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Mojo Workin'The Old African American Hoodoo System$
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Katrina Hazzard-Donald

Print publication date: 2012

Print ISBN-13: 9780252037290

Published to Illinois Scholarship Online: April 2017

DOI: 10.5406/illinois/9780252037290.001.0001

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Black Belt Hoodoo in the Post–World War II Cultural Environment

Black Belt Hoodoo in the Post–World War II Cultural Environment

(p.156) 7 Black Belt Hoodoo in the Post–World War II Cultural Environment
Mojo Workin'

Katrina Hazzard-Donald

University of Illinois Press

This chapter examines the place of the black belt Hoodoo complex in the cultural environment after World War II, with particular focus on several contemporary root practitioners working in the old tradition. In the aftermath of World War II, the black community enjoyed both incentives and opportunities for continuing migration northward. Increased income intensified the movement away from old black belt traditions. Especially in the northern urban environment, marketeered Hoodoo would dominate in many black communities. This chapter considers how some African Americans came to view participation in old black belt Hoodoo traditions as incompatible with notions of “racial uplift.” It also discusses how marketeering outsiders interested in the commercial exploitation of Hoodoo reduced the visibility of workers of old tradition Hoodoo during the period. Finally, it assesses the influence of New World Pan-Africanism and popular black nationalism on old tradition Hoodoo.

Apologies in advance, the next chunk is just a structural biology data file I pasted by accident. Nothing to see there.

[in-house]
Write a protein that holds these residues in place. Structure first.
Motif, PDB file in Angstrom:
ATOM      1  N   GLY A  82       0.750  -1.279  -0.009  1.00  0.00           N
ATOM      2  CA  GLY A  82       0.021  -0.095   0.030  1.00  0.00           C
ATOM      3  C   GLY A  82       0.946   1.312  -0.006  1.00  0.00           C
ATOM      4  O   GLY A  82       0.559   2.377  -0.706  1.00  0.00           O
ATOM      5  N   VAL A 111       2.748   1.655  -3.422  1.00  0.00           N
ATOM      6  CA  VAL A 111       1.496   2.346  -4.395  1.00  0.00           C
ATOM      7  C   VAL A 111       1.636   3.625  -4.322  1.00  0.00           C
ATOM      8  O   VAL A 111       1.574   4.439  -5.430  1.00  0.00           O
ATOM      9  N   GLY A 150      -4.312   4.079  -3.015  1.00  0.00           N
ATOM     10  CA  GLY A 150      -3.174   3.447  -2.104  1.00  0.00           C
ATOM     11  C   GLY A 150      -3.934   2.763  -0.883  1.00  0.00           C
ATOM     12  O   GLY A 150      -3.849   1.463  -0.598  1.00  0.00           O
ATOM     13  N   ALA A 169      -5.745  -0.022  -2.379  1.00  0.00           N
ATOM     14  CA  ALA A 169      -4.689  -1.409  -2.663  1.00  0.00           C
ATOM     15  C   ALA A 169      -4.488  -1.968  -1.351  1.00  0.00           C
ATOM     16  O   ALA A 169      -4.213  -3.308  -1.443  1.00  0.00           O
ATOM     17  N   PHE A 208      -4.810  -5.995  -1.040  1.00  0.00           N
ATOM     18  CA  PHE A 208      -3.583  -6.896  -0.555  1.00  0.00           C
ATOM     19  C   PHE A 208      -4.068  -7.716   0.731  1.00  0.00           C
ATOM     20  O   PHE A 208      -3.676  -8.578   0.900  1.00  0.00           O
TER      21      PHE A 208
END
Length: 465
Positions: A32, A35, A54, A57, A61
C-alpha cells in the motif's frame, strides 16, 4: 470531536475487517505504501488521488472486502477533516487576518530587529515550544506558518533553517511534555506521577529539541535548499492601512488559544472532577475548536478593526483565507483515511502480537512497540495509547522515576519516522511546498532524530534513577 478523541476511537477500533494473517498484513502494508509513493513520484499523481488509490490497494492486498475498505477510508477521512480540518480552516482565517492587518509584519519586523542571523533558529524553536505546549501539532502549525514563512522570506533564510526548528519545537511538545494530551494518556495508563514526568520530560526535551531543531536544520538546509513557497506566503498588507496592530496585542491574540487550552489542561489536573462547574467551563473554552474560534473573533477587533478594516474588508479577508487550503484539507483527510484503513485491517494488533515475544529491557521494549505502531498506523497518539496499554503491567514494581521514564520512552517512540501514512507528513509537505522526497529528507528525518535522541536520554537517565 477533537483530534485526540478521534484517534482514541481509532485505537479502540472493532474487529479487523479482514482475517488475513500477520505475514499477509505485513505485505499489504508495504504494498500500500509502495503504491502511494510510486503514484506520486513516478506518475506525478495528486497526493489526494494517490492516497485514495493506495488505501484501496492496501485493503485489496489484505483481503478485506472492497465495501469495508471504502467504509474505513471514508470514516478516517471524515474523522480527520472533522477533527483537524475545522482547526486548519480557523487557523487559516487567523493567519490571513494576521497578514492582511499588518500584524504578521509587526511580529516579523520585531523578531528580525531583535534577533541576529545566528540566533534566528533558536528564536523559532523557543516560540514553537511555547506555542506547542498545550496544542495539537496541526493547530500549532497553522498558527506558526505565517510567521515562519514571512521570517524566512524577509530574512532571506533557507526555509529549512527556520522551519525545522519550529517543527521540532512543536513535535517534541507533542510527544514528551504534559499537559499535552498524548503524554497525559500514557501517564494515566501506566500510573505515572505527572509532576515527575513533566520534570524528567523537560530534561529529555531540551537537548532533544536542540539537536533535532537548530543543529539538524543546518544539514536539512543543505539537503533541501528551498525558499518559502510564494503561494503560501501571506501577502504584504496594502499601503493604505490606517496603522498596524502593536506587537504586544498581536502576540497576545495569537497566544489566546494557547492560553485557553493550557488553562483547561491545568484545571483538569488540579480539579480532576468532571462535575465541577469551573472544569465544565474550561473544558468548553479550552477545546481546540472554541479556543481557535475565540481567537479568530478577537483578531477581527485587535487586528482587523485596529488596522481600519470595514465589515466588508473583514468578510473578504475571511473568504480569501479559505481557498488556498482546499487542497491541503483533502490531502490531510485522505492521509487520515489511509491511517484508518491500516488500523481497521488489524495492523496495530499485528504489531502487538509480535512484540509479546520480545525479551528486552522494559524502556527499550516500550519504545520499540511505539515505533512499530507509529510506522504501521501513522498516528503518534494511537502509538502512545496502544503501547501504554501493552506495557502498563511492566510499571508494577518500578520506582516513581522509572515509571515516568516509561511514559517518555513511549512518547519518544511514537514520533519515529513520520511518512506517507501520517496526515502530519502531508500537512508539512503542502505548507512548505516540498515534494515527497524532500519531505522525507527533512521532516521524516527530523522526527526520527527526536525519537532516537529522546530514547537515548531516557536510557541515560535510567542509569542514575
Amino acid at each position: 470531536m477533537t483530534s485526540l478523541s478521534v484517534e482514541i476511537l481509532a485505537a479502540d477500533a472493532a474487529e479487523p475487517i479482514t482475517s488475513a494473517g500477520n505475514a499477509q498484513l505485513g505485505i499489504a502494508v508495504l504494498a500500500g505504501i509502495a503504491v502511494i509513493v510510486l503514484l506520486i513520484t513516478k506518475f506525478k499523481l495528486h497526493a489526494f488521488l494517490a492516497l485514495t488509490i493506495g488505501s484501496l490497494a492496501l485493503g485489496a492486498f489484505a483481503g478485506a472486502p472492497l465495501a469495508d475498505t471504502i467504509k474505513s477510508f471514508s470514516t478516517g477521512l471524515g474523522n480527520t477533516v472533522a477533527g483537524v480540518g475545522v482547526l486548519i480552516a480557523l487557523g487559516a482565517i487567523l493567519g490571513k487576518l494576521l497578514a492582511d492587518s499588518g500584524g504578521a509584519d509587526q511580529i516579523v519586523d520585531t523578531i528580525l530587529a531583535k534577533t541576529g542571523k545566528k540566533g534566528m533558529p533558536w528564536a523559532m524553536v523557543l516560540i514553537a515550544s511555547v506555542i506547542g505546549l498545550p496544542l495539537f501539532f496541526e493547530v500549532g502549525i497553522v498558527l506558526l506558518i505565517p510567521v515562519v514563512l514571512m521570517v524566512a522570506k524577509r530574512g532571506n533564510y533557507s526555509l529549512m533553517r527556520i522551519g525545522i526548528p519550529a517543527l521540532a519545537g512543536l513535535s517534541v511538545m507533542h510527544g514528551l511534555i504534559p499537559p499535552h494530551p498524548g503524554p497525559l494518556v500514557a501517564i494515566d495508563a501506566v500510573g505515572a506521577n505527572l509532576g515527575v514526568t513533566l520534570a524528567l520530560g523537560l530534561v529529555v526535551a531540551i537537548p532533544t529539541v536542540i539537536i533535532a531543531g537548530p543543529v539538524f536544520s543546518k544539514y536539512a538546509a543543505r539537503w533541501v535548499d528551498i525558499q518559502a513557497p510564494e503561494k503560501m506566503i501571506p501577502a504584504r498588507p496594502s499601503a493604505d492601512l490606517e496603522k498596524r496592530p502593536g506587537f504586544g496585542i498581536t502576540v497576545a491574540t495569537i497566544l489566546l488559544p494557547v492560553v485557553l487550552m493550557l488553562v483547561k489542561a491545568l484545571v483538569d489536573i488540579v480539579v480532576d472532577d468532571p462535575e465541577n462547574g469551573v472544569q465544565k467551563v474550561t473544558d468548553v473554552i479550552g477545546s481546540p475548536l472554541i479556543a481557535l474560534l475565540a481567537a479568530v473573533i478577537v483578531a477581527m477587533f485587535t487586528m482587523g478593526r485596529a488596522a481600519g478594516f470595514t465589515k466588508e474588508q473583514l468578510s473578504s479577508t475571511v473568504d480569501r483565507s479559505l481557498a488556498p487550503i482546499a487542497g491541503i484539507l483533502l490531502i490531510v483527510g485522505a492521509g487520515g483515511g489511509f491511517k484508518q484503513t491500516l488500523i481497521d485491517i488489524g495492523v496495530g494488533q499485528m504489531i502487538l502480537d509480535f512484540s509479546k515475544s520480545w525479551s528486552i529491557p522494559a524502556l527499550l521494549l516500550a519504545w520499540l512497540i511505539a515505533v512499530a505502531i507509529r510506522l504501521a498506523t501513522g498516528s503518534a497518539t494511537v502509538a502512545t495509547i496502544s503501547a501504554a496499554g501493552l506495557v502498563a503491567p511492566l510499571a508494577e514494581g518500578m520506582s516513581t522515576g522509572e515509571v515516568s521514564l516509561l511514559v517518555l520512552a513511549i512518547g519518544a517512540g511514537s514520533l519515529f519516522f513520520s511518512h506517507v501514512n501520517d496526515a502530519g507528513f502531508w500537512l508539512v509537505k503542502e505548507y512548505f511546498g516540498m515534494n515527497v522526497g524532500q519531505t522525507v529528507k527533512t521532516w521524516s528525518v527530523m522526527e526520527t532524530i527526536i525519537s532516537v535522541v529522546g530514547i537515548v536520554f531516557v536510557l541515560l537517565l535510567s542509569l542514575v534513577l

Keywords:   black belt Hoodoo complex, Hoodoo, African Americans, racial uplift, commercial exploitation, New World, Pan-Africanism, black nationalism

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